Community Services Unlimited Set to Launch Organic Market in South L.A.
When talking with neighbors along south Vermont Ave. a few weeks ago about the potential redevelopment of the lots at Manchester, the amenity residents were most excited about was the arrival of a grocery store.
Having something within walking distance was one reason — most of the folks I spoke with struggled with finding transportation to get to the store and lacked the means to be able to stock up on groceries in bulk when they did make the trip. But the other reason was that they felt the nearest grocery stores tended to have poor produce on offer for unreasonably high prices. So much so that, when they had the opportunity, many would travel miles away to more well-to-do neighborhoods just to have access to better options.
That reality is just part of what will make Community Services Unlimited‘s (CSU) new venture such a welcome addition to the community.
The long-standing South L.A. food-justice organization recently put down an offer on the Paul Robeson Center building and, in line with their motto, “Serving the people, body and soul,” are looking to convert the historic space into a model of sustainability and a health hub for the community.
This weekend’s party/fundraiser is part of their effort to raise funds to cover the down payment and costs of building out the first floor of the building, according to Executive Director Neelam Sharma. Plans for the first phase include a grocery market space to sell organic produce, herbs, jams, and their line of Beyond Organic products, and a kitchen where they can prepare their produce bags and host cooking demonstrations.
Other plans for the site include an urban farm (where they can continue offering free gardening workshops), solar panels on the roof, a rooftop garden, a community space to be activated with daily health and wellness activities, offices and a gathering space for the youth from their From the Ground Up internship program, a few rooms that could potentially be set aside to serve as shelter for youth in need of a temporary space to stay, and a café.
It’s a lot for such a small organization to take on — although they have recently grown to 12 staff members, they have largely shied away from courting big funders and have been steadily moving towards a self-sustaining model for some time.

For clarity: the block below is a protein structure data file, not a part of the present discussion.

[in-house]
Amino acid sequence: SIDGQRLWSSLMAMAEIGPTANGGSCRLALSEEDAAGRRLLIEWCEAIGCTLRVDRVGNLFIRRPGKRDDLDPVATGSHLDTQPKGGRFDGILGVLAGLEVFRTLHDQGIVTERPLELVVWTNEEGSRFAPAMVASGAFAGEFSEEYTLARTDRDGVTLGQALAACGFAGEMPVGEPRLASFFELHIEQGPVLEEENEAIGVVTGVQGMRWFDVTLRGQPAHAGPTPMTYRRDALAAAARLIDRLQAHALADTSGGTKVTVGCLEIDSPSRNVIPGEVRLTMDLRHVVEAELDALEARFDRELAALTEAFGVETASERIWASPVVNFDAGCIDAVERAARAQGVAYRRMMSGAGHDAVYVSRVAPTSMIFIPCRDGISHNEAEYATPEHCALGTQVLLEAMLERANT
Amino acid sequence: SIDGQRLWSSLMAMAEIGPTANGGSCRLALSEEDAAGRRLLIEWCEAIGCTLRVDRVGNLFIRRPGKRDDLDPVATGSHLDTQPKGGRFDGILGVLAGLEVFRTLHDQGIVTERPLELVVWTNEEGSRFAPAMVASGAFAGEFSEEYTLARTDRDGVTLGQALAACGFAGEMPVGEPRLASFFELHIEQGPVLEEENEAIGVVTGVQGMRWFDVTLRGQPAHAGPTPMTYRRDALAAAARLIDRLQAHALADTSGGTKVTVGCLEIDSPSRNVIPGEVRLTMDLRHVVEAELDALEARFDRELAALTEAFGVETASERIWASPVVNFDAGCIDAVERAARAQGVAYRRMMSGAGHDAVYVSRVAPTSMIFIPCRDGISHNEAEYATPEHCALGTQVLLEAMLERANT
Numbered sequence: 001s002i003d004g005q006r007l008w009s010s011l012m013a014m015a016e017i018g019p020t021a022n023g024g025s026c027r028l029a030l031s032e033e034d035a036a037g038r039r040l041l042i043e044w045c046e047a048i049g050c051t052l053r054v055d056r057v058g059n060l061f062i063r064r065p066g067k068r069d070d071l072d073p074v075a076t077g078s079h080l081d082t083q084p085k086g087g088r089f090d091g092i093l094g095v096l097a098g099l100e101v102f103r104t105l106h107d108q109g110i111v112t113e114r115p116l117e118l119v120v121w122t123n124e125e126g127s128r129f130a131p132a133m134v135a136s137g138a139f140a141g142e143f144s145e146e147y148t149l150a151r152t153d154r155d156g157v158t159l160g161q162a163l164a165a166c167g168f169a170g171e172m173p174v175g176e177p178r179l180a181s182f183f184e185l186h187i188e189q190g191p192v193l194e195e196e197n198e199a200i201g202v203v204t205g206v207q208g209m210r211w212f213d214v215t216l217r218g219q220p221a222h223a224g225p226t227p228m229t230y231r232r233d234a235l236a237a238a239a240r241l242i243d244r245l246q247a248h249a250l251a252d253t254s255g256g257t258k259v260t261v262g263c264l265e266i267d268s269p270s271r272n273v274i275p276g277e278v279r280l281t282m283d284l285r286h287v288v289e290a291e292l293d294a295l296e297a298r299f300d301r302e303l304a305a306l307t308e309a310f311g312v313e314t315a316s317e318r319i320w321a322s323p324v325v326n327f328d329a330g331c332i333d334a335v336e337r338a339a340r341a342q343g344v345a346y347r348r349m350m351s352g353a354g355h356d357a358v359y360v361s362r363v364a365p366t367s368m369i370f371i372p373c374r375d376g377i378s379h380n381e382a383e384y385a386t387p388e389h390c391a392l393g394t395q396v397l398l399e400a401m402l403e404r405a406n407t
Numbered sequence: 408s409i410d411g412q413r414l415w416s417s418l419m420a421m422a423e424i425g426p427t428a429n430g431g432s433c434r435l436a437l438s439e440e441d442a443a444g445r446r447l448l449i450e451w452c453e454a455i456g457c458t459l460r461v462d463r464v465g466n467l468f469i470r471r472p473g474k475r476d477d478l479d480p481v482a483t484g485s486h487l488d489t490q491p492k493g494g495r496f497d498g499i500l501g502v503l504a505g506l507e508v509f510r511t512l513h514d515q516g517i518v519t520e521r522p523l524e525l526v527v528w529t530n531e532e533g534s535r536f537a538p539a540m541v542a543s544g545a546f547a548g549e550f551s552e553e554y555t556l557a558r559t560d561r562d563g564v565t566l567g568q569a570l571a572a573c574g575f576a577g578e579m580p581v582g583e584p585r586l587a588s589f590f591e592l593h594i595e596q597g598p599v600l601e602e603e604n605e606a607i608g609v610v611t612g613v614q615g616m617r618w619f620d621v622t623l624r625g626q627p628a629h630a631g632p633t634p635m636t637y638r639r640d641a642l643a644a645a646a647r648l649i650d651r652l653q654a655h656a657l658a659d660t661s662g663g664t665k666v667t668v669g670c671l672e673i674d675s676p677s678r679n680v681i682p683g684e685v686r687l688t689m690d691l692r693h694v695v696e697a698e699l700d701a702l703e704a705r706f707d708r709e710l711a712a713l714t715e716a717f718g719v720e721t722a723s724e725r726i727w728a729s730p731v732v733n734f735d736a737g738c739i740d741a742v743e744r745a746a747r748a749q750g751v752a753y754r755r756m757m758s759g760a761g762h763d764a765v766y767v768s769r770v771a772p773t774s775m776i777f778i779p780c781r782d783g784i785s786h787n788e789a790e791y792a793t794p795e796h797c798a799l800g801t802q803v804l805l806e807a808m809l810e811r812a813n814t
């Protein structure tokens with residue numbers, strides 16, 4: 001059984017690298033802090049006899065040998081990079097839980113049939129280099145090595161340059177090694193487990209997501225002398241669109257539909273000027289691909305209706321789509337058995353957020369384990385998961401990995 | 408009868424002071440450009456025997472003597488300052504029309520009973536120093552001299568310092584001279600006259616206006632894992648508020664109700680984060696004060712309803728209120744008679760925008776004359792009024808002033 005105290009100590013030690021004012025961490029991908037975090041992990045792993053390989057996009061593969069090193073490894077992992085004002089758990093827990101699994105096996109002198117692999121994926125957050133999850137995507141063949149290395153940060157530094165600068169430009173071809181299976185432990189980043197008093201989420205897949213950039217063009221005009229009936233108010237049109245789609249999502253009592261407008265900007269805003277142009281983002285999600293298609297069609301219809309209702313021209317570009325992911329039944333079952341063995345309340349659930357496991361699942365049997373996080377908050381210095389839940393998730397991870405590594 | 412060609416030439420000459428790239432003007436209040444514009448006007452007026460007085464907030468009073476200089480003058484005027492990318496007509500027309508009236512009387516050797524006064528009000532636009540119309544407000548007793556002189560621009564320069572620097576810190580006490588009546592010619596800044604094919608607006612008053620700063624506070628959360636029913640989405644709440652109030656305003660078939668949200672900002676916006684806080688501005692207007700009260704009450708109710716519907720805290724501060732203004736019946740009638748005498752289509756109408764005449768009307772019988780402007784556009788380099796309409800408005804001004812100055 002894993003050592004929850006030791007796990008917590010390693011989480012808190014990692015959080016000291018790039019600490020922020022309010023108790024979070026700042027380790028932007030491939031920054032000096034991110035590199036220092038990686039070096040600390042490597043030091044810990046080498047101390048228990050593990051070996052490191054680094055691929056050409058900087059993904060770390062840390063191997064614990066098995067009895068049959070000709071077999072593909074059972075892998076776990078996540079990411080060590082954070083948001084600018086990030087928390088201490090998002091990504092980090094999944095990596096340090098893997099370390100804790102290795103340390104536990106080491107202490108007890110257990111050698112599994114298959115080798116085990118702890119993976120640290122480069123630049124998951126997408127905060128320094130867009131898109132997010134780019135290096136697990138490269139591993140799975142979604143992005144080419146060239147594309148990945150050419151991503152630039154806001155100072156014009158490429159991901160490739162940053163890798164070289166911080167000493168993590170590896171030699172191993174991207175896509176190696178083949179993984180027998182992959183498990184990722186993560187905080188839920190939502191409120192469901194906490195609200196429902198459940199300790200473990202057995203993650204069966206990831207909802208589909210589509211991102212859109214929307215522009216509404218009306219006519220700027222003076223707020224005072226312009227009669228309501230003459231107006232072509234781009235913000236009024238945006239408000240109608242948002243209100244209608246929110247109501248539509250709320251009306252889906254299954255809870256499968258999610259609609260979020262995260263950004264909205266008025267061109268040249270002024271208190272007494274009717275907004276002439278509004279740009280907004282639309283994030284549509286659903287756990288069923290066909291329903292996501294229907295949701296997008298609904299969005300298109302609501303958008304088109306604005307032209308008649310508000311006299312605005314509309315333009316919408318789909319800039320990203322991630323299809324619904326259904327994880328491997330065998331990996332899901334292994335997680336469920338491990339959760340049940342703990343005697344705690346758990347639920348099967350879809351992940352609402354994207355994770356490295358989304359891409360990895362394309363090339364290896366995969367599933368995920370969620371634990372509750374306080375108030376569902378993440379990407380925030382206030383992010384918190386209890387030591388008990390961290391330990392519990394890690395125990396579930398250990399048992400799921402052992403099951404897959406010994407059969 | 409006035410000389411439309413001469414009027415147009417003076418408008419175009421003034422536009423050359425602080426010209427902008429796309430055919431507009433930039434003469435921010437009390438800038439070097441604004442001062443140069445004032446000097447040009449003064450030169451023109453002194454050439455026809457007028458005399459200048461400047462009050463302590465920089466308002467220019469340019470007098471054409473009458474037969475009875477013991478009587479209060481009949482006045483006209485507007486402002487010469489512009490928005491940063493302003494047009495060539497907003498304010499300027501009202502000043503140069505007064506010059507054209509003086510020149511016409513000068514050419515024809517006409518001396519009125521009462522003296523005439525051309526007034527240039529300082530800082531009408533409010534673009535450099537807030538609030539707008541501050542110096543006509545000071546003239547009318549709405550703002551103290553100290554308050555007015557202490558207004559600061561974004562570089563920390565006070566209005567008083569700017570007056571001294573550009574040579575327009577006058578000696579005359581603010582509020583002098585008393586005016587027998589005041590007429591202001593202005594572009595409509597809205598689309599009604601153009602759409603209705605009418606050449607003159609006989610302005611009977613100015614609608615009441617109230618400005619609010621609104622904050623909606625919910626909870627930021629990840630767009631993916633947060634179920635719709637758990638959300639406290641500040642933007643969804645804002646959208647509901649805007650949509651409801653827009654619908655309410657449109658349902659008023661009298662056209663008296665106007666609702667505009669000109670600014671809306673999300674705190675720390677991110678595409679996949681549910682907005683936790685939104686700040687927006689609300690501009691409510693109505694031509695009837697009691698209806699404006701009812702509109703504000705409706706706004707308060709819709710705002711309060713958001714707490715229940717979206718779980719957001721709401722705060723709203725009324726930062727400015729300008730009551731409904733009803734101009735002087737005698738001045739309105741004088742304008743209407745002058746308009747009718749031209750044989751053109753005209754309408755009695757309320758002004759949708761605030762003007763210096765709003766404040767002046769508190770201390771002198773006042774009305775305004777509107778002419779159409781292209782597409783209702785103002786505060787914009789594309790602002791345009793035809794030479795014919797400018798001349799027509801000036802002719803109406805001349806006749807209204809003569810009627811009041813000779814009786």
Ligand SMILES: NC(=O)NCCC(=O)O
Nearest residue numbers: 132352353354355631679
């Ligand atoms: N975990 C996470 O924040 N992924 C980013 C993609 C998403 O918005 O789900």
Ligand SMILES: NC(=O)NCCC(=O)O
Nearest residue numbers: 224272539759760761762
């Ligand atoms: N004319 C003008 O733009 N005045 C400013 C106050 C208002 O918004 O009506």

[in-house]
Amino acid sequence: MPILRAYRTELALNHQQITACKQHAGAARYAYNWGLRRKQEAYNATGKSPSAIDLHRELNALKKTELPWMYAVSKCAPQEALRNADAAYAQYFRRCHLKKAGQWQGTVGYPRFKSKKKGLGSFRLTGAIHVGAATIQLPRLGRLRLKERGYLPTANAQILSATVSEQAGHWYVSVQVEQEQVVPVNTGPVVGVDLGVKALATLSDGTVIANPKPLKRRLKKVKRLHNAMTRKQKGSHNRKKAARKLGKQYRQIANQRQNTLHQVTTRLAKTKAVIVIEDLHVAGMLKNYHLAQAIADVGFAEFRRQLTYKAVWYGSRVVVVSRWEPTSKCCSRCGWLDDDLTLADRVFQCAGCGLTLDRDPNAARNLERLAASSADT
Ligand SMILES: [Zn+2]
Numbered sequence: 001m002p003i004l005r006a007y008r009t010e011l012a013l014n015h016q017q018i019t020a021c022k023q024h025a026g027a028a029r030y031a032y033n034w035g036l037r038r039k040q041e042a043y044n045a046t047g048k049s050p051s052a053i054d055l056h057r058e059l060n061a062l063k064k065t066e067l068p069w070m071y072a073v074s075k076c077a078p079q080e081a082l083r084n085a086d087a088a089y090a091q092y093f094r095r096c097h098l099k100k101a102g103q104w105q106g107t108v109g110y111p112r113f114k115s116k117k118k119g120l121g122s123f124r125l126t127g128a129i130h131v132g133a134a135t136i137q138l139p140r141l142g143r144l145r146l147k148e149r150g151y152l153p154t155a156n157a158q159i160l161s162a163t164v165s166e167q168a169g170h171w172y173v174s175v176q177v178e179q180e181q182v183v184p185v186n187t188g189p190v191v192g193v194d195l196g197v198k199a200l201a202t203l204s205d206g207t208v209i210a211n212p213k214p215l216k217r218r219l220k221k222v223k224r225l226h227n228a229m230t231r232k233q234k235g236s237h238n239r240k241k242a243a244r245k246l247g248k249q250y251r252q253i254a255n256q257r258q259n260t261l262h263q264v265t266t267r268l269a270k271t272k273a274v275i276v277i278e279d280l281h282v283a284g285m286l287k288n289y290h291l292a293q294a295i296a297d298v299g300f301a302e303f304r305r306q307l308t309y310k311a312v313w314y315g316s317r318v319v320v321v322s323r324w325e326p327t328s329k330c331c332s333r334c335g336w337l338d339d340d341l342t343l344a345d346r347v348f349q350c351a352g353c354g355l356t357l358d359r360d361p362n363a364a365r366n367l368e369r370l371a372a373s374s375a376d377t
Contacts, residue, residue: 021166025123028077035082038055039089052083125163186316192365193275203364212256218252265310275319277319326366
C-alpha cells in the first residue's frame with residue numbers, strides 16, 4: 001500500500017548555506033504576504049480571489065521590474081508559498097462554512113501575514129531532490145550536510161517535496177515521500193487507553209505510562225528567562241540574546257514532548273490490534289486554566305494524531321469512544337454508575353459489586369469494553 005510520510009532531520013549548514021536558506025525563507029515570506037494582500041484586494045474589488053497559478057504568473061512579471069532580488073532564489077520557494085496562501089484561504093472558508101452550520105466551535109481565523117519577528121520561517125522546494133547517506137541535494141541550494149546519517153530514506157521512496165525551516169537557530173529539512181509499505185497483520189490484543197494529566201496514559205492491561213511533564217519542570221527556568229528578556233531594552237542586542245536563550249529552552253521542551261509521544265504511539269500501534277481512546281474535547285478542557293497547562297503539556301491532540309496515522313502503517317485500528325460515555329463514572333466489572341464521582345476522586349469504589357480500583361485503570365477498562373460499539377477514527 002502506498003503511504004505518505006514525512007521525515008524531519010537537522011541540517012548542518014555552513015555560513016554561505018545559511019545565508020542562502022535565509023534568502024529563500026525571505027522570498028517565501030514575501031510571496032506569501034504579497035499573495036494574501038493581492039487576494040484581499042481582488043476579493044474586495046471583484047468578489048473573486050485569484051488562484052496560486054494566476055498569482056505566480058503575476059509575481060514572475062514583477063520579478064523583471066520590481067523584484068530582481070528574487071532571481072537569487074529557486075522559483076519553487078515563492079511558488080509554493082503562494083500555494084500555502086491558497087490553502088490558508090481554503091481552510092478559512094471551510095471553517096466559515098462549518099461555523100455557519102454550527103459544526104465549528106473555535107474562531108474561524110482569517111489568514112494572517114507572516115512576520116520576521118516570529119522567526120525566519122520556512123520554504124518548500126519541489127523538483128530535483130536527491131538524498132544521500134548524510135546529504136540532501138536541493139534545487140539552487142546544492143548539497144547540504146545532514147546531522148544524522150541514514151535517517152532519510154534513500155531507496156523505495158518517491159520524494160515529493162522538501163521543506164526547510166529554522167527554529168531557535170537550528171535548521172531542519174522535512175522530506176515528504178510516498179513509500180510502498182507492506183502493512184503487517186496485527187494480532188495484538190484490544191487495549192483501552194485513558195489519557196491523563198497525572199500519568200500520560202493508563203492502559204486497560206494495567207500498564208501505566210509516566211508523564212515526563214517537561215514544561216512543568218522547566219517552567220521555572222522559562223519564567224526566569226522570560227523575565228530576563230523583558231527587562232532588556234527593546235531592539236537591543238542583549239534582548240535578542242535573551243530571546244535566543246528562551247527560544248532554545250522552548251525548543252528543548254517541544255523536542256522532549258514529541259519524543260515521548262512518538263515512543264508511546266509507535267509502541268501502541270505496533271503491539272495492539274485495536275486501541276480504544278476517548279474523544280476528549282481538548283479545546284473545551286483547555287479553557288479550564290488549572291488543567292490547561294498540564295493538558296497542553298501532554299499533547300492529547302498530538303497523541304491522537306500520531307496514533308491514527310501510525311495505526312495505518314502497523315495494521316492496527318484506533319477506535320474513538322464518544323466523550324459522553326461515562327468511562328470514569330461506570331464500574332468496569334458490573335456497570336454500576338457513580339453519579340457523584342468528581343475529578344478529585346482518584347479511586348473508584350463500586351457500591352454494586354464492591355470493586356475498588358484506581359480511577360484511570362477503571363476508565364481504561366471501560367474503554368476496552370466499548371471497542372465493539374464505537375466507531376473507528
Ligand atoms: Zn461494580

But they never seem to have been hampered by their size or financial constraints. They offer regular (and free) Garden Gateway workshops during the growing season, worked with South L.A. schools to incorporate (and teach) gardening workshops as part of the curricula, organized community-wide Earth Day celebrations, mentor at-risk high school youth as paid interns in farming, gardening, entrepreneurial skills, and leadership development, make produce deliveries via bike to subscribers and a few local corner markets, and even hosted 150 food-justice youth advocates from around the country for the annual Rooted in Community youth conference in 2013.
The search for a permanent space in South L.A. had been underway for some time, Sharma says. They have had an urban farm on Bill Robertson Ln. (Expo Center) for years, hosted weekly produce stands at several locations, and had (until recently) a market stand inside Mercado la Paloma.
More recently, they worked out of a temporary space in a local church, but knew they would ultimately have to purchase their own space if they were to grow in the direction they were hoping.
Although the new site — located at 6569 S. Vermont Ave. — is farther south than they have tended to work in the past, it is an area of significant need and one that has a shortage of healthy options.
Sales from their produce stands and produce bag service have grown steadily and comprised a quarter of their annual income last year. A confirmation, Sharma believes, that there is a demand for good, healthy, quality produce in the area and that the time for “the first community-owned and [community]-run organic market in South L.A.” has arrived.
As always, however, CSU will be looking to do more than just feed people good food.
In the past, Sharma has said, conquerors would work to subjugate populations by alienating them from the land, just as they tried to change their language, culture, and religion. For this reason, a core element of CSU’s approach has entailed teaching residents from South L.A. about the cultural heritage of their own ancestors as it relates to food and agriculture — even bringing back some of the native plants (and recipes) that indigenous communities relied on. Reconnecting residents to both the earth and the heritage that lies beneath the asphalt, CSU believes, will also help them forge stronger bonds with each other.
As the issues facing South L.A. are complex and deeply systemic, Sharma has said of CSU’s multi-faceted approach to health and justice, effectively tackling such problems requires system-oriented solutions. Hence their excitement over the possibilities offered by the opportunity to find a permanent home and build community around it.
But that also doesn’t mean you can’t start simple. At the most basic level, Sharma has said, it makes sense to engage communities through food.
“We can’t educate kids that aren’t nourished.”
If you’d like to see their plans for the space and support their effort to bring fresh, healthy options to the South Vermont corridor, check out their pre-launch party at the Paul Robeson Center this Saturday, May 30. Festivities begin at 4 p.m. More details can be found here. If you’d like to donate to their campaign, please visit their fundraising page, here.